But the wind is not blowing hard enough to have one main direction. It kind of comes up, lays down, comes up, lays down. As I said, you had to be so precise going into these corners, and the way the wind was blowing it was hard.

Q. And then on 8, what was your thinking on playing so much spin as opposed to kind of dead-arming it up there?
TIGER WOODS: You know, that was a shot that -- after I saw Strick's ball, that it did spin, and I figured -- you know, I was in between clubs, and I said, you know what, I'm not going to take the little one here because if I did hit that -- I just didn't feel it was going to skip up there. I thought I had to carry it back to the hole. But it was a shot that I knew I could never hit the ball past the flag in the air with that club, so I went ahead and took the chance of throwing the ball up in the air.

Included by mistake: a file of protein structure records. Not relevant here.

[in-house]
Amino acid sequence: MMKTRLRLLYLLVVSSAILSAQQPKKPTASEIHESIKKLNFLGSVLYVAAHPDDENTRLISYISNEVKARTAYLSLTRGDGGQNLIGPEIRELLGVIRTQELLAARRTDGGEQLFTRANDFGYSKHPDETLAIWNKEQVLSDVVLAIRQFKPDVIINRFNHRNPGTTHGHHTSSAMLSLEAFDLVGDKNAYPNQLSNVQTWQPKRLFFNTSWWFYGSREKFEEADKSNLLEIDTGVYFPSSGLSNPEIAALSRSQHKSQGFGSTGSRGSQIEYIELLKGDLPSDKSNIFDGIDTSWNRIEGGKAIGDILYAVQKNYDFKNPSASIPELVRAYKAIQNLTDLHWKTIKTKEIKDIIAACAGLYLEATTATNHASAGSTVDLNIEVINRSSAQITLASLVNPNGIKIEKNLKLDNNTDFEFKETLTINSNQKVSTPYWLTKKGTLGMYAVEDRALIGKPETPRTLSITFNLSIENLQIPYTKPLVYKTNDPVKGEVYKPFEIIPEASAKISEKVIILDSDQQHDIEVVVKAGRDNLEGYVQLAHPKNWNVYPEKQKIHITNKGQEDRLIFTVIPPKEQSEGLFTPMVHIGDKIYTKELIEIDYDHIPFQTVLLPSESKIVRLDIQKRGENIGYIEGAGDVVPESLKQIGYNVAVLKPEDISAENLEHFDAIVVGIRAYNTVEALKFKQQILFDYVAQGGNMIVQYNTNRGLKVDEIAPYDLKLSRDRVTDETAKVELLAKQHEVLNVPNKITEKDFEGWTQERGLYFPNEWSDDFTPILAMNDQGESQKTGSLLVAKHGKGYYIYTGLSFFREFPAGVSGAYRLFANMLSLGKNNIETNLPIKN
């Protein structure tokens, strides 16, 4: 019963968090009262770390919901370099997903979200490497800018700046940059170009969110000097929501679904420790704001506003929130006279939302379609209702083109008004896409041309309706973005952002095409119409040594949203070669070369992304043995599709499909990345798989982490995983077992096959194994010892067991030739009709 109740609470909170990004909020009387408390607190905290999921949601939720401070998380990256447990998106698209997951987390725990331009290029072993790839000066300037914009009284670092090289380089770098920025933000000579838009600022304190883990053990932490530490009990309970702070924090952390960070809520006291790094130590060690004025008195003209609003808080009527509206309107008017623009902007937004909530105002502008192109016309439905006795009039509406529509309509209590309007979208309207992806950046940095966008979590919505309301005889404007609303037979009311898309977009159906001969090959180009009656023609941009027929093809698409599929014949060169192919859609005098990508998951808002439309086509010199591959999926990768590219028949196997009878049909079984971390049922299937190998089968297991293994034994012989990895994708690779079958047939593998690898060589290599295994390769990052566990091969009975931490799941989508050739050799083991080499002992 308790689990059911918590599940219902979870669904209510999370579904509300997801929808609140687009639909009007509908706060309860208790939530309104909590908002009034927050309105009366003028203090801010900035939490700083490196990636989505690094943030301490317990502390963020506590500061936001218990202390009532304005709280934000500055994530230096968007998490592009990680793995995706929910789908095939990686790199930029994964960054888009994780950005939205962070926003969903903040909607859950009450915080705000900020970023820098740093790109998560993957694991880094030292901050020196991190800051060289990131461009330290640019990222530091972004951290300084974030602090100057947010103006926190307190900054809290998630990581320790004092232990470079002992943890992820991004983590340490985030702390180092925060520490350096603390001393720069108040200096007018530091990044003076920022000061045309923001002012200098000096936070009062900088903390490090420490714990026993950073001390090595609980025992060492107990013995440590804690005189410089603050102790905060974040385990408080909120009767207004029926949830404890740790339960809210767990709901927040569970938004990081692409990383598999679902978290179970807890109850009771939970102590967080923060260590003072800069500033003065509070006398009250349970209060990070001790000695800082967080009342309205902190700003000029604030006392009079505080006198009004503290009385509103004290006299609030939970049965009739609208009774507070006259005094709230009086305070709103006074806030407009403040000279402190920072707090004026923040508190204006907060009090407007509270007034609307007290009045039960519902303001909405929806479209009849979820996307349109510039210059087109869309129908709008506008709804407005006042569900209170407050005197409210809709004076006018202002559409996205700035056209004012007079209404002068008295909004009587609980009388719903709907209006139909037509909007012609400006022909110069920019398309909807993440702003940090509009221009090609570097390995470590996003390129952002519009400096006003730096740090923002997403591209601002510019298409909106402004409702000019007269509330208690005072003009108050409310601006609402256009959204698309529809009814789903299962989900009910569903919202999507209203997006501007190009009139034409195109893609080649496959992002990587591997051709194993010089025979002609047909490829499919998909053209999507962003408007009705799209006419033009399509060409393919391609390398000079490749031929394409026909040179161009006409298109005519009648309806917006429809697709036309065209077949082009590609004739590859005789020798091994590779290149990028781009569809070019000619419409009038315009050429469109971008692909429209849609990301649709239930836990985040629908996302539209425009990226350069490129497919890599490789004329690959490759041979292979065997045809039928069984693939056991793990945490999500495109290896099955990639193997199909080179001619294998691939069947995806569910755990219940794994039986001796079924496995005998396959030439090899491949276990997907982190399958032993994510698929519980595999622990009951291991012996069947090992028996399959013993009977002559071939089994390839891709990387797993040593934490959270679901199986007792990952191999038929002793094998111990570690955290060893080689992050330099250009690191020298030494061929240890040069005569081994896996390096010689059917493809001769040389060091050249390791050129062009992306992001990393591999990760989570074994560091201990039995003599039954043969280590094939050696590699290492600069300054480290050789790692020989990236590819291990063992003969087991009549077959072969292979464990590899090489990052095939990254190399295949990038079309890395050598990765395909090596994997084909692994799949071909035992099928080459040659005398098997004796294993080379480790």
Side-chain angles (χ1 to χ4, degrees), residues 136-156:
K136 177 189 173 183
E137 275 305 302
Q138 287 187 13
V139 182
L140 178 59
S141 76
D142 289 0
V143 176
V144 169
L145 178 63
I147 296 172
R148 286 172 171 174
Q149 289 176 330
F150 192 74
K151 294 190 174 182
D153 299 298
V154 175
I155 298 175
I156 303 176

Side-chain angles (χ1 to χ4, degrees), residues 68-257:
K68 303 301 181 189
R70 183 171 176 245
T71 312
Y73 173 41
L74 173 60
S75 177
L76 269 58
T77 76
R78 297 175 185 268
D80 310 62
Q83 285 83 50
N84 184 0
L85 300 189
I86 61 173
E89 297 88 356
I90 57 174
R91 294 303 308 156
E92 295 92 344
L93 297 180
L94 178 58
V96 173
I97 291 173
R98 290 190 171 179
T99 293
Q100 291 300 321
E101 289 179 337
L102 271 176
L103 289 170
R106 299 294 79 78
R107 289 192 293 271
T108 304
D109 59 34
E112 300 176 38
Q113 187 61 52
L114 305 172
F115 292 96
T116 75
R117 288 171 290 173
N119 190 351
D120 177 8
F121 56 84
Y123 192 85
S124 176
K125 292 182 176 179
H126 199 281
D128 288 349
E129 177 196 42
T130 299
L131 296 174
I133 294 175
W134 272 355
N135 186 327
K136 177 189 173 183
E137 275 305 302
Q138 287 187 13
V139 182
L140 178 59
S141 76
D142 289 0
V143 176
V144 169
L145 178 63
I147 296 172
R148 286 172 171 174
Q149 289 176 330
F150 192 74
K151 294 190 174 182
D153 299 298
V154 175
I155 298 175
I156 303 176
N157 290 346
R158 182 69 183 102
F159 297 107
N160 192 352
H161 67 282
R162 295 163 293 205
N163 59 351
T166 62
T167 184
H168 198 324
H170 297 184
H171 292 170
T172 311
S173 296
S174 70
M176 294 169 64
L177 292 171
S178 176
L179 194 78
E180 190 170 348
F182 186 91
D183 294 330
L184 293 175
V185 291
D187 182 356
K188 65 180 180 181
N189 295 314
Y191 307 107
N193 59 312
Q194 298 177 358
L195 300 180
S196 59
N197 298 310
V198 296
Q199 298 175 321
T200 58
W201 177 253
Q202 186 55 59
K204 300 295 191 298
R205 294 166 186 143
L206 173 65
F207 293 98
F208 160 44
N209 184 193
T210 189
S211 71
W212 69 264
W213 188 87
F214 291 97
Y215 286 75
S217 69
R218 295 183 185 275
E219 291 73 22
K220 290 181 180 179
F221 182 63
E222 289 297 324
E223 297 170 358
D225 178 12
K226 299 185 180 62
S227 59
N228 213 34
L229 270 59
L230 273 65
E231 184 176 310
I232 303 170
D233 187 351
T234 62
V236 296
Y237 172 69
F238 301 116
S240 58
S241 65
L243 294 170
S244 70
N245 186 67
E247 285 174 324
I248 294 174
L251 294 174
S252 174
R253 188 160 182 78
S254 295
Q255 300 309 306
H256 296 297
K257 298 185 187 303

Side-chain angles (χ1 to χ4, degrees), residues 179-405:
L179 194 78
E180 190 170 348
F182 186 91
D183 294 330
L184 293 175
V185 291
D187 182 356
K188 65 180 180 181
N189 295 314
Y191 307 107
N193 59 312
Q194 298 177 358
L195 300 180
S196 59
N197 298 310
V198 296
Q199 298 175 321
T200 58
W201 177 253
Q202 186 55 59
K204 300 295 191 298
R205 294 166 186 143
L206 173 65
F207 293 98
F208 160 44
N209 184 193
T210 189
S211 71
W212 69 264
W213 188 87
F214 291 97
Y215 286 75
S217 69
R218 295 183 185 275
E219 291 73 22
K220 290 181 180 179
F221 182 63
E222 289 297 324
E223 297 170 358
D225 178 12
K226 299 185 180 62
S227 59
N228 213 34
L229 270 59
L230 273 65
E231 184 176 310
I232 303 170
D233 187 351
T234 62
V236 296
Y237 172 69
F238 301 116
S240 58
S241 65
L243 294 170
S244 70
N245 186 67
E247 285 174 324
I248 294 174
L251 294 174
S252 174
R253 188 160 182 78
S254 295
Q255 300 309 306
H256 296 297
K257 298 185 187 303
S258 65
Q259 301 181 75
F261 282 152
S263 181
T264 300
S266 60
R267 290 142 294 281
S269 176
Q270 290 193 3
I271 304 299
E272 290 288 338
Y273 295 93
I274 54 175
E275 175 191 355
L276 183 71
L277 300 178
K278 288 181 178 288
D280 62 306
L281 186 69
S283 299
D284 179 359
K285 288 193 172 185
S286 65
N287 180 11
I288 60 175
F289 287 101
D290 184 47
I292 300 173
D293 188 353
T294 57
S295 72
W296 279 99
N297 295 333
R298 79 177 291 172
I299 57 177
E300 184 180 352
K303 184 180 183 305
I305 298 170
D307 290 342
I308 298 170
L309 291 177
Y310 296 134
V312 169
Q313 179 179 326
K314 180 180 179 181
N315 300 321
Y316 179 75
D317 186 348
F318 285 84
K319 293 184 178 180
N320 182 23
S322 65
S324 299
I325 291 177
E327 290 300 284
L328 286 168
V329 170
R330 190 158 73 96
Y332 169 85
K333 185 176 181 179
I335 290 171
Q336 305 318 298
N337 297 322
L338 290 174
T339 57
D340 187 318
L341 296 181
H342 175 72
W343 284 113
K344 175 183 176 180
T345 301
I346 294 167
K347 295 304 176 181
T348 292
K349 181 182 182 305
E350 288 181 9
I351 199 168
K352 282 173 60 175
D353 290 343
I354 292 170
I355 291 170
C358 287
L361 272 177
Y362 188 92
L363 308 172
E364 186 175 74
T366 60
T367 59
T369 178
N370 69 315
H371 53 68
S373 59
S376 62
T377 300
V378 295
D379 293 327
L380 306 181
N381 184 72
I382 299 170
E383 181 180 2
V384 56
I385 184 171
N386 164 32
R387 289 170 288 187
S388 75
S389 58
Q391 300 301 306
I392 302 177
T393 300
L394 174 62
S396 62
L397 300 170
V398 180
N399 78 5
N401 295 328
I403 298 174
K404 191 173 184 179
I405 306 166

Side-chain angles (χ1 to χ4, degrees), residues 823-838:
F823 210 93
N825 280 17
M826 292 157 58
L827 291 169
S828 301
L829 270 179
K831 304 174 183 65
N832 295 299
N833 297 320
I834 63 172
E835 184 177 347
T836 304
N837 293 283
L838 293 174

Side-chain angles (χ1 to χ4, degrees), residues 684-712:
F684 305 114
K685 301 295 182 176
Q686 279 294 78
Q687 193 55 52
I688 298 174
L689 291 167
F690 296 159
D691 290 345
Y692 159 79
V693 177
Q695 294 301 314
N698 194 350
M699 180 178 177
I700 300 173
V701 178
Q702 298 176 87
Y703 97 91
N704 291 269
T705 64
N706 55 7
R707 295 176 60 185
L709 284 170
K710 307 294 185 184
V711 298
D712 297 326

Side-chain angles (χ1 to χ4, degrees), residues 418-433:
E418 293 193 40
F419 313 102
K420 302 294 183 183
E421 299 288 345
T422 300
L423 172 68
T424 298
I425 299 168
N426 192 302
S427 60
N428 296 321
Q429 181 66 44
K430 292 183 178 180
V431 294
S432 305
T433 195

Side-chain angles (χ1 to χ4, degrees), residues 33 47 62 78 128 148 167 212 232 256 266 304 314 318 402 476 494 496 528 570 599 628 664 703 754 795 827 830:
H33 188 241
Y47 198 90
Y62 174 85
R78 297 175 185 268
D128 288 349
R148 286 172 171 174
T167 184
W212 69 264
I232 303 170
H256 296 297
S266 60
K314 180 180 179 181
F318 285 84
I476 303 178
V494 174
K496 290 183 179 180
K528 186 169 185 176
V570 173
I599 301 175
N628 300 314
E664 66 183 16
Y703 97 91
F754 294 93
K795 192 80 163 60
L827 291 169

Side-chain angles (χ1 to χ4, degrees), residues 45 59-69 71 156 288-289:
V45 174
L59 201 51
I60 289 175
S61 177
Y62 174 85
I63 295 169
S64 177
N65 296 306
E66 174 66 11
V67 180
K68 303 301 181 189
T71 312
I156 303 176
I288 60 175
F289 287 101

Q. Based on the course changes and renovations, what's the biggest adjustment you've had to make in playing this course now?
TIGER WOODS: I think the overall is just your misses, where you're going to miss it. The greens are so different that where you used to be able to miss it, the angles, those are not the angles anymore. And that's something that we all are trying to get used to is -- it's one thing hitting good shots, but also, if you are in a situation where you don't quite have a good number or you don't feel quite comfortable, where am I going to miss it? And that's certainly much different than what it used to be.

Q. Mark Wilson does a lot of his practicing here when he's not on TOUR, and he apparently tries to beat the masses out onto the golf course when he's here to play because it's obviously a public course. I take it it's probably not too much like that at Isleworth, but seriously, when you are there, do you ever get bothered, or do you ever have to wait when you're playing the course? The experience there is obviously what you like, but what is it like there for you?